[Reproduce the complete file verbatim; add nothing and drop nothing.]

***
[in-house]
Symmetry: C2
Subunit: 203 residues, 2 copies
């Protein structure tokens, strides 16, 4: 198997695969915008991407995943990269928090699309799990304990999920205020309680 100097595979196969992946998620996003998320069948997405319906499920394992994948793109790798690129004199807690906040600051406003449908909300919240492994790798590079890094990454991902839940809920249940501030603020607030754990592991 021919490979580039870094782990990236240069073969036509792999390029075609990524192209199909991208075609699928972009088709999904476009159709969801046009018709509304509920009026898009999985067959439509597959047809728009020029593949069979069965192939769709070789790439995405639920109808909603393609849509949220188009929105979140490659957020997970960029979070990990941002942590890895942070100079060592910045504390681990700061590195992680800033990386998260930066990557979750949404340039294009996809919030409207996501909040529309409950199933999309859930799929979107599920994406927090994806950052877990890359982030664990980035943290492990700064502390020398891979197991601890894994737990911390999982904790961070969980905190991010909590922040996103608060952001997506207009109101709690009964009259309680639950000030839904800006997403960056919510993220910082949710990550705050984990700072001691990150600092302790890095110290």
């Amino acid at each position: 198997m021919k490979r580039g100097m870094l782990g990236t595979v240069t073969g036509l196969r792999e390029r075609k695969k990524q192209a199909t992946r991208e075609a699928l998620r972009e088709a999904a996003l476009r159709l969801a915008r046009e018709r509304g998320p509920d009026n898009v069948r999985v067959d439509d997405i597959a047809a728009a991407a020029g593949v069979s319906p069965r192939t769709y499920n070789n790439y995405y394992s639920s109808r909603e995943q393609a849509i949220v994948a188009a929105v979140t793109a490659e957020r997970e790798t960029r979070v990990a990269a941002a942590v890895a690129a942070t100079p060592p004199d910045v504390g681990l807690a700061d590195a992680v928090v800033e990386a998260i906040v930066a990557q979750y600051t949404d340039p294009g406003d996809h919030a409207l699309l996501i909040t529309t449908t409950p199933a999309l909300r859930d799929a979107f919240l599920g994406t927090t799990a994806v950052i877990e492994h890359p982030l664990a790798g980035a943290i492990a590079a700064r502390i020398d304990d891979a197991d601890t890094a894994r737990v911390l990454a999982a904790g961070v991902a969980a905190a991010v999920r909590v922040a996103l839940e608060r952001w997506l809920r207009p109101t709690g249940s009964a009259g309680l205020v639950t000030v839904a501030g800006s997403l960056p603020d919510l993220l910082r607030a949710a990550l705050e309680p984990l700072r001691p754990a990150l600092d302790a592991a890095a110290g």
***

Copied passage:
[in-house]
Symmetry: C2
Subunit: 203 residues, 2 copies
């Protein structure tokens, strides 16, 4: 198997695969915008991407995943990269928090699309799990304990999920205020309680 100097595979196969992946998620996003998320069948997405319906499920394992994948793109790798690129004199807690906040600051406003449908909300919240492994790798590079890094990454991902839940809920249940501030603020607030754990592991 021919490979580039870094782990990236240069073969036509792999390029075609990524192209199909991208075609699928972009088709999904476009159709969801046009018709509304509920009026898009999985067959439509597959047809728009020029593949069979069965192939769709070789790439995405639920109808909603393609849509949220188009929105979140490659957020997970960029979070990990941002942590890895942070100079060592910045504390681990700061590195992680800033990386998260930066990557979750949404340039294009996809919030409207996501909040529309409950199933999309859930799929979107599920994406927090994806950052877990890359982030664990980035943290492990700064502390020398891979197991601890894994737990911390999982904790961070969980905190991010909590922040996103608060952001997506207009109101709690009964009259309680639950000030839904800006997403960056919510993220910082949710990550705050984990700072001691990150600092302790890095110290």
């Amino acid at each position: 198997m021919k490979r580039g100097m870094l782990g990236t595979v240069t073969g036509l196969r792999e390029r075609k695969k990524q192209a199909t992946r991208e075609a699928l998620r972009e088709a999904a996003l476009r159709l969801a915008r046009e018709r509304g998320p509920d009026n898009v069948r999985v067959d439509d997405i597959a047809a728009a991407a020029g593949v069979s319906p069965r192939t769709y499920n070789n790439y995405y394992s639920s109808r909603e995943q393609a849509i949220v994948a188009a929105v979140t793109a490659e957020r997970e790798t960029r979070v990990a990269a941002a942590v890895a690129a942070t100079p060592p004199d910045v504390g681990l807690a700061d590195a992680v928090v800033e990386a998260i906040v930066a990557q979750y600051t949404d340039p294009g406003d996809h919030a409207l699309l996501i909040t529309t449908t409950p199933a999309l909300r859930d799929a979107f919240l599920g994406t927090t799990a994806v950052i877990e492994h890359p982030l664990a790798g980035a943290i492990a590079a700064r502390i020398d304990d891979a197991d601890t890094a894994r737990v911390l990454a999982a904790g961070v991902a969980a905190a991010v999920r909590v922040a996103l839940e608060r952001w997506l809920r207009p109101t709690g249940s009964a009259g309680l205020v639950t000030v839904a501030g800006s997403l960056p603020d919510l993220l910082r607030a949710a990550l705050e309680p984990l700072r001691p754990a990150l600092d302790a592991a890095a110290g």